How To Write Sijo
Sijo is a traditional Korean form of poetry that dates back centuries and is still popular today. It is composed of three lines of 14-16 syllables each, and often has a theme of nature, love, or humor. The structure of sijo is highly formulaic, with the first line often introducing a situation or imagery, the second line providing a twist or unexpected turn of events, and the third line providing insight or a resolution. It can be useful to think of it as a 3 line, 3 act poem. The presentation of the Sijo varies, some are broken up into 6 lines.
Rules of Sijo
- It is a poem of 3 lines
- Each line has 14-16 syllable
- Line 1 introduces a situation or problem
- Line 2 develops line 1
- Line 3 involves a twist, which resolves tensions or questions raised in lines 1 and 2
Famous Sijo Examples
A shadow strikes the water below:
a monk passes by on the bridge,
“Stay awhile, reverend sir,
let me ask you where you go.”
He just points his staff at the white clouds
and keeps on his way without turning.
— Chung Chul (1536-1593)
I will break the back of this long, midwinter night,
Folding it double, cold beneath my spring quilt,
That I may draw out the night, should my love return.
— Hwang Chin-I (1506-1544
If everyone were a government official,
would there be any farmers?
If doctors cured all disease,
would graveyards be as they are?
Boy, fill the glass to the brim;
I’ll live my life as I please.
— Kim Chang-Up (1658-1721)
The spring breeze melted snow on the hills, then quickly disappeared.
I wish I could borrow it briefly to blow over my hair
and melt away the aging frost forming now about my ears.
— U Tak (1262-1342)
Soaring high though a mountain may be,
it is a mere mound beneath Heaven
Climb and climb,
and no summit cannot be reached
Yet people stay at its base
saying the mountain is too high.
— Yang Sa Eun (1517-1584)
One of the primary benefits of sijo is that it allows for creative expression. Its structure encourages writers to find creative ways to pack a lot of meaning into a few lines. This can help writers to convey complex messages and emotions in a concise way. Additionally, sijo can be used to explore a broad range of topics, making it a versatile form of expression. Another benefit of sijo is that it is relatively easy to learn. Its structure is relatively simple and there are a limited number of lines, which makes it easier for writers to learn the basics. This can make it a great form of expression for those who are new to poetry or those who want to experiment with different forms.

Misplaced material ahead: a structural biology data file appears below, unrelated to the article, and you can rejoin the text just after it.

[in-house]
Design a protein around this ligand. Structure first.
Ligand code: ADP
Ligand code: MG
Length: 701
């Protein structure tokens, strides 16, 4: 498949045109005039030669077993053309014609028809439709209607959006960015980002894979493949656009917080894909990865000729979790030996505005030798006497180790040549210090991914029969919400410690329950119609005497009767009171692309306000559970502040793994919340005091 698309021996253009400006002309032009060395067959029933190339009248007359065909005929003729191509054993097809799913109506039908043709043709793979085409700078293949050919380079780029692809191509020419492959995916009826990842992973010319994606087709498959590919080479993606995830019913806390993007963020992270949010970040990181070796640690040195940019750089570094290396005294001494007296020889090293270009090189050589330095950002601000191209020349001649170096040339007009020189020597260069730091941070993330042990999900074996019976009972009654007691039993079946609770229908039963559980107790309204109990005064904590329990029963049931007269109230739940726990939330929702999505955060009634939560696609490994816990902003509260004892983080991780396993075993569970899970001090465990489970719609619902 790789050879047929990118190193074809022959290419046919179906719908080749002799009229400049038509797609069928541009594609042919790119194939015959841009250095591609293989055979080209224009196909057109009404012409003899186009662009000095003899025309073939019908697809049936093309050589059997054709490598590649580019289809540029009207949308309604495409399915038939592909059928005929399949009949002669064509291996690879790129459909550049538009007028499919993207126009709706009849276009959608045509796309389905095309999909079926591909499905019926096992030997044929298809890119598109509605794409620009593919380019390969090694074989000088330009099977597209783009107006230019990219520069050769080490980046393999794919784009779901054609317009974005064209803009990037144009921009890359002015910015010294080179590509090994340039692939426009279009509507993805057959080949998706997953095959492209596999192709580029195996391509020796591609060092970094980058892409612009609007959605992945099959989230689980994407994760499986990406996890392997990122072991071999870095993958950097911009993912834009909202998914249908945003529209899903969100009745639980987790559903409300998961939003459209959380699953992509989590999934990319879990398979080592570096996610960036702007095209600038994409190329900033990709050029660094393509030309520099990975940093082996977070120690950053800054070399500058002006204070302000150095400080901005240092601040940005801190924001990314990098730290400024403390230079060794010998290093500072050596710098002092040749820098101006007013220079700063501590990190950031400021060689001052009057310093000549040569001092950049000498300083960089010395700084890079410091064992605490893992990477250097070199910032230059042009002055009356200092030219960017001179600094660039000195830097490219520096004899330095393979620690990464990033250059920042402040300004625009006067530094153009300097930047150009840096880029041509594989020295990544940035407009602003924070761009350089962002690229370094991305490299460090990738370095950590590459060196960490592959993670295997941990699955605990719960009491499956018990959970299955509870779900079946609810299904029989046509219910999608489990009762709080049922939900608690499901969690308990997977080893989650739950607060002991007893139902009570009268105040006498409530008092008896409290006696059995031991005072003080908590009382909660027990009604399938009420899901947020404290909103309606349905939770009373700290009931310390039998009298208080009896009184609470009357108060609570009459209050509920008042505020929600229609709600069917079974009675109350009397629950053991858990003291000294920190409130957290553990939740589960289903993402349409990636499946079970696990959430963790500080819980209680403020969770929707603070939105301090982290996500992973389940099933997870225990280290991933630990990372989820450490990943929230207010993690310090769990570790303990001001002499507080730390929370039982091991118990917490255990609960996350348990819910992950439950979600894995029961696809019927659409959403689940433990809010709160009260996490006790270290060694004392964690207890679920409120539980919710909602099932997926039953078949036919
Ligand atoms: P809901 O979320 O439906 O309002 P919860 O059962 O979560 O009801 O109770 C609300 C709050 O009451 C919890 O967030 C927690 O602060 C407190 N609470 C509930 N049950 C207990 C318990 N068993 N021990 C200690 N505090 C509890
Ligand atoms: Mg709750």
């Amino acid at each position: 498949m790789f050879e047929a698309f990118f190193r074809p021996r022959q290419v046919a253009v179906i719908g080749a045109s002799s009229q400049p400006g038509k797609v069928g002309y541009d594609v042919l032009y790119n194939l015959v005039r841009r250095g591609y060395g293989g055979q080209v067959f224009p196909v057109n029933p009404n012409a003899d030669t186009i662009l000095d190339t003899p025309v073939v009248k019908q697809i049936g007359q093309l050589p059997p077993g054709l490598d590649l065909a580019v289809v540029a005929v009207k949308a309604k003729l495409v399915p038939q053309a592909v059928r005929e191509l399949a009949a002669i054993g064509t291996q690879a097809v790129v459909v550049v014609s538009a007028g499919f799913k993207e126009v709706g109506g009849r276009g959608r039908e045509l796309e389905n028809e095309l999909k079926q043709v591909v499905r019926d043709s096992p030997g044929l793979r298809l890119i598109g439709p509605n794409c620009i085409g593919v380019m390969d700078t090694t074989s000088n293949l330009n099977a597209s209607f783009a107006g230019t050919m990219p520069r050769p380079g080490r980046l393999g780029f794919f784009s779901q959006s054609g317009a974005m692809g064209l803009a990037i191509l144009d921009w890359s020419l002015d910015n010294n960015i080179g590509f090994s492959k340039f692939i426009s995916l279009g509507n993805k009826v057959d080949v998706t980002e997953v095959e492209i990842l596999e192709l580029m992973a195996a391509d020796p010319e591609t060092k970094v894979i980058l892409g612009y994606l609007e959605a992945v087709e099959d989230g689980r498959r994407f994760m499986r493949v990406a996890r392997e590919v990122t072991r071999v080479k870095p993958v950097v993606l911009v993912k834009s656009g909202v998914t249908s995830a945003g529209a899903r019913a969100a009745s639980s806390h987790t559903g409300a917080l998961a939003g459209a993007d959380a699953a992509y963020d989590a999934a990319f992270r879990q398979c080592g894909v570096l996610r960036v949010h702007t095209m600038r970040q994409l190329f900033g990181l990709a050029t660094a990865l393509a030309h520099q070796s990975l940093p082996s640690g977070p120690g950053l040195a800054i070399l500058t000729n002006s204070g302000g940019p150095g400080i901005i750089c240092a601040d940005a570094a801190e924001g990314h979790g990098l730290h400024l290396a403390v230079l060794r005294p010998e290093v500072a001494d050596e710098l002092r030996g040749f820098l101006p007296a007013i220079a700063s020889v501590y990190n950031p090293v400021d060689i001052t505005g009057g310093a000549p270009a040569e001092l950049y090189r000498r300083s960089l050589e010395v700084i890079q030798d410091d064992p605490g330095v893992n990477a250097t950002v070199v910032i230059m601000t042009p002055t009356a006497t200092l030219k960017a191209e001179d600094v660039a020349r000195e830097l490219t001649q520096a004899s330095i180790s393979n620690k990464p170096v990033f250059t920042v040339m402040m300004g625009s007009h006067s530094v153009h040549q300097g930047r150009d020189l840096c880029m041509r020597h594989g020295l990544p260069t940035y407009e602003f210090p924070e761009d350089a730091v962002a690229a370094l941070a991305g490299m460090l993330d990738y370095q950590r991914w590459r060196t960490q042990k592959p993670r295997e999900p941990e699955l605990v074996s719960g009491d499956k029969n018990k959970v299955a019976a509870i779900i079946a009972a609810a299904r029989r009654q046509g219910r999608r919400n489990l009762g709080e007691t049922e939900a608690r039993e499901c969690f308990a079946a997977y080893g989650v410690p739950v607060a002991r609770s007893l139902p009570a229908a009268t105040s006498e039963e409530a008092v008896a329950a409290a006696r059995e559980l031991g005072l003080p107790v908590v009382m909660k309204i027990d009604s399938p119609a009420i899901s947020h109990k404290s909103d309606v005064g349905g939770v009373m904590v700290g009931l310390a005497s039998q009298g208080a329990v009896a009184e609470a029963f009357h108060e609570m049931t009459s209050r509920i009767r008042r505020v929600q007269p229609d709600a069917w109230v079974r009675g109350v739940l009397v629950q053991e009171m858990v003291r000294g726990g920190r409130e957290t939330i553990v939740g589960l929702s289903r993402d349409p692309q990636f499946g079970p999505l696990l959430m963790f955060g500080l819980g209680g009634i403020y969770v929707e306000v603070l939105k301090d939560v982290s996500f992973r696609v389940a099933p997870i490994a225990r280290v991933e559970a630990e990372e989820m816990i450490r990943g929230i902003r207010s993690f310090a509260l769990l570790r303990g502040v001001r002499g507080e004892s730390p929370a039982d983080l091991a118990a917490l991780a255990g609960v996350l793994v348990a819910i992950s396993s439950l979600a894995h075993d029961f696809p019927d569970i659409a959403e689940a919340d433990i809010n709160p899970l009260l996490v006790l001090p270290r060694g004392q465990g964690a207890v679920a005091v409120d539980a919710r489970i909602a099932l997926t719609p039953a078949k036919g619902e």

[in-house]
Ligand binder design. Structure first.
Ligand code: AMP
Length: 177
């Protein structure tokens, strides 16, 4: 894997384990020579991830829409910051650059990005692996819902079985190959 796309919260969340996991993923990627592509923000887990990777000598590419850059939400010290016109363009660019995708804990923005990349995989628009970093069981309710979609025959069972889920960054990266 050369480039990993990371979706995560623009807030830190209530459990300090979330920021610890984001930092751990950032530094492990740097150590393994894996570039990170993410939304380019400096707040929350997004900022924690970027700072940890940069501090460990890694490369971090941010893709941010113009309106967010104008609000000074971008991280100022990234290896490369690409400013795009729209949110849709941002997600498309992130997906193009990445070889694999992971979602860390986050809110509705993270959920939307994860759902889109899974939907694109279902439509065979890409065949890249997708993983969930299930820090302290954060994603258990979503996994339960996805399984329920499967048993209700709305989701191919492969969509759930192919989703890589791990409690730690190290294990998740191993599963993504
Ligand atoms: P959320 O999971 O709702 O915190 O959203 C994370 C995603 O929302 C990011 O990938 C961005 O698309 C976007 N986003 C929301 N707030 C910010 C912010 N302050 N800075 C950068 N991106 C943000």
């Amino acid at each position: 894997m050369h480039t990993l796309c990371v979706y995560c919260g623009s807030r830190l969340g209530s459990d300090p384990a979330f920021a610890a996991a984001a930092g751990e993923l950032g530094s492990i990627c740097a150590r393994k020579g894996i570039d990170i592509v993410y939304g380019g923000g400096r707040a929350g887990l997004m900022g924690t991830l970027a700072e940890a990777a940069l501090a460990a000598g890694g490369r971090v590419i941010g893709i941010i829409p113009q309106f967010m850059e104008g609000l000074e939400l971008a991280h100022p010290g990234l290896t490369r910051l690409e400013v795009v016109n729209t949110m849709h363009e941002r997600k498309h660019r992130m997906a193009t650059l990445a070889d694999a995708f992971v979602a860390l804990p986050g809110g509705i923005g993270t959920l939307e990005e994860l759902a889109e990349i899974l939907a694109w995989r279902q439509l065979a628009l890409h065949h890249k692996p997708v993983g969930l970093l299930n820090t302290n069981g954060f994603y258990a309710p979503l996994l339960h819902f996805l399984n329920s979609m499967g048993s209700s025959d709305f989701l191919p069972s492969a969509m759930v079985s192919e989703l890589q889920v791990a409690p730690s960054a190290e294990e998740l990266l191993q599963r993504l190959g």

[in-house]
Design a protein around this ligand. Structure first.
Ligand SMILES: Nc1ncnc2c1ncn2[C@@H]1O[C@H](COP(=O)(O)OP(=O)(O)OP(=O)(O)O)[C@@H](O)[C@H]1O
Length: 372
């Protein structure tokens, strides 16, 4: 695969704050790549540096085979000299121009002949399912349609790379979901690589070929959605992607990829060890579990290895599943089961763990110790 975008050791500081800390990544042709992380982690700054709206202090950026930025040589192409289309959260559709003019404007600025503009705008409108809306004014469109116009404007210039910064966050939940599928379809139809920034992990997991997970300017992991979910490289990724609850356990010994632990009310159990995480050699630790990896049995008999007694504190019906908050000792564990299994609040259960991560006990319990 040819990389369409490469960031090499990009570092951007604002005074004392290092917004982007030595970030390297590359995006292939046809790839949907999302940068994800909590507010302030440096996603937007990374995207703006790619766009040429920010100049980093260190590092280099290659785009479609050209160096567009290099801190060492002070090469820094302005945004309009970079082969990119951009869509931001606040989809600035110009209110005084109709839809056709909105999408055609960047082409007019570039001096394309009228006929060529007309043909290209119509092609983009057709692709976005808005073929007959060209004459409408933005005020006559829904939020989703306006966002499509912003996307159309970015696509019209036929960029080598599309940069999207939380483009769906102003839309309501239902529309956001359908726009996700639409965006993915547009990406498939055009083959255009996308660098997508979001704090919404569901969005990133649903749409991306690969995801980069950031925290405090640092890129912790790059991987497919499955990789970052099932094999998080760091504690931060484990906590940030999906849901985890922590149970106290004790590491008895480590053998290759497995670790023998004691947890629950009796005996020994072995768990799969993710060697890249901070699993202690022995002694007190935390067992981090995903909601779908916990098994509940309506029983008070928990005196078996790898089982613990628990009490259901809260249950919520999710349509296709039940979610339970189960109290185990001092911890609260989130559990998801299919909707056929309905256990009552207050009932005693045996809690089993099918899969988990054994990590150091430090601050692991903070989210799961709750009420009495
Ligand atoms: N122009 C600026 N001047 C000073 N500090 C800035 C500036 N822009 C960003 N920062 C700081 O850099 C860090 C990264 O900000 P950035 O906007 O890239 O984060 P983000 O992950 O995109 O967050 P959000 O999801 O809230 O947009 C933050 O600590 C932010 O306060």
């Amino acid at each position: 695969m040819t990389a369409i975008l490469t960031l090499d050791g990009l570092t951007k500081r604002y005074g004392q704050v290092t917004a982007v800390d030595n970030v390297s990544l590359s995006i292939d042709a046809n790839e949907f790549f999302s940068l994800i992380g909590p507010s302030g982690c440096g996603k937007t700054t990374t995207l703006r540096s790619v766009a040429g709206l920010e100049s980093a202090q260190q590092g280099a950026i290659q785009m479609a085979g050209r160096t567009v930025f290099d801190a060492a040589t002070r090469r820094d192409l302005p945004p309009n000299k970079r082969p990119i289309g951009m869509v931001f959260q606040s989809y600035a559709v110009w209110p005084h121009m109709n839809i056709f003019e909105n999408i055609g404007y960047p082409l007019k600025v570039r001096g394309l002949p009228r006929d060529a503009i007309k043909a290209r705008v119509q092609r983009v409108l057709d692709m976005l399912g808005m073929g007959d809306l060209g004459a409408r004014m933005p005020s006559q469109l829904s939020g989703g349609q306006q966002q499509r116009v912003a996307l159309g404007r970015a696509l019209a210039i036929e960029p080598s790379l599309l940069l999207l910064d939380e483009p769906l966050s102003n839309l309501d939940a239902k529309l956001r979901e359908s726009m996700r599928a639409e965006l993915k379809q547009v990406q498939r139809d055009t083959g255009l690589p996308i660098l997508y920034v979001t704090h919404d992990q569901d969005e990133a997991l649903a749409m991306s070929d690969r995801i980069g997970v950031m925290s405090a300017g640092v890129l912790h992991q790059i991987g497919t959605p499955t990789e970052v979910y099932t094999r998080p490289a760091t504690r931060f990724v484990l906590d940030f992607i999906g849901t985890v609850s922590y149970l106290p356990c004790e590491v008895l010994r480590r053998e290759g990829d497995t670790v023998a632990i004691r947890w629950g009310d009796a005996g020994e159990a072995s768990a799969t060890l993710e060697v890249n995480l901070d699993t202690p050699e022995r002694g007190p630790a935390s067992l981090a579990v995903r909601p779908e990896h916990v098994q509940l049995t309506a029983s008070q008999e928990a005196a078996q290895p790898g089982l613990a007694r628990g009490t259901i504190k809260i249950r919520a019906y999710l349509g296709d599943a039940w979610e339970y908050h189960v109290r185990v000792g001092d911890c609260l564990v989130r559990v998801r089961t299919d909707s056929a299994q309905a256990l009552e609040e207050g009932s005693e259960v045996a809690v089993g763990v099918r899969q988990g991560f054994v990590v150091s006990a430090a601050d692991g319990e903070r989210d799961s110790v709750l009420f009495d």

The rules and form of sijo are easy enough to understand but employing them is where the difficulty starts. It may seem easy to come up with a 3 act story or narrative that would be perfect for sijo. When you consider the 14-16 syllables, it gets a bit harder. Trying to fit a story or emotion or image into 48 syllables can be challenging, but it can also be incredibly rewarding.
Sijo And Haiku
At first glance, the Korean sijo closely resembles the traditional Japanese haiku. Like a haiku, the sijo follows a 3 line structure, but its form is more complicated, less rigid, and longer. Sijo is a great poetic form to learn after the haiku because it introduces slightly more of a challenge.
Prompt 1 – Babysitting
Kids are fickle creatures, and enigmatic too. It’s hard to figure out what they want but we have to try our best. Write about the trials and tribulations of raising kids or babysitting.
My kids are always crying.
I’ve tried trains and games and Lego Sets
But I don’t know what they like.
Exhausted, I turn on the TV
All is quiet. Together,
we sip apple juice and watch cartoons
Prompt 2 – Chores
Doing chores is a total pain, why not procrastinate by writing poetry about it?
The heavens open up and the earth drinks desperately
Waterfalls of cleansing rain wash this world of ours anew
Drinking tea, I put a line through “wash car” on my to-do list
Prompt 3 – Road Trip
Road trips can often be long and arduous, short and sweet, or anything in between. Write a sijo about a road trip, real or fictional.
We had been on the road for about thirteen hours by then
So the traffic that we saw was a most unwelcome sight
A turtle, on his own road trip, crawled across the highway
Prompt 4 – Meeting Your New Neighbors
New neighbors moved in. Are they amazing or are they neighbors from hell? I guess we’ll find out.
A hot day spent baking cakes in the kitchen for our new neighbors
We ring the doorbell and they answer, smiling. They seem like nice folks.
They just moved from Portland and would you believe it? They’re gluten free.
Prompt 5 – The Ideal Summer
Imagine a world of endless opportunity. You can do anything or go anywhere you’d like this summer. What’re your plans?
“Are you coming in today?”
“I don’t feel safe in the office yet.
There’s a new variant.”
My friends wave when they see me coming
“Got to go, got another call.”
It’s a perfect day in the park.
Prompt 6 – The Farmer’s Market
They sell all kinds of stuff at these places. All kinds of things take place, too.
This place is overwhelming.
Too many people and sights and smells
How much longer? Another hour or two?
Look, that stand sells cocktails.
— how I got drunk
At 10:30 on a Sunday morning.
Prompt 7 – Excuses
It feels bad to lie, but sometimes it feels necessary.
“How does it look?”
“Ummm it’s not looking like we thought it would.”
“I know it’s been hours but
I think we need to start over.”
“Oh, wait, oh my god!
From this angle, it looks incredible.”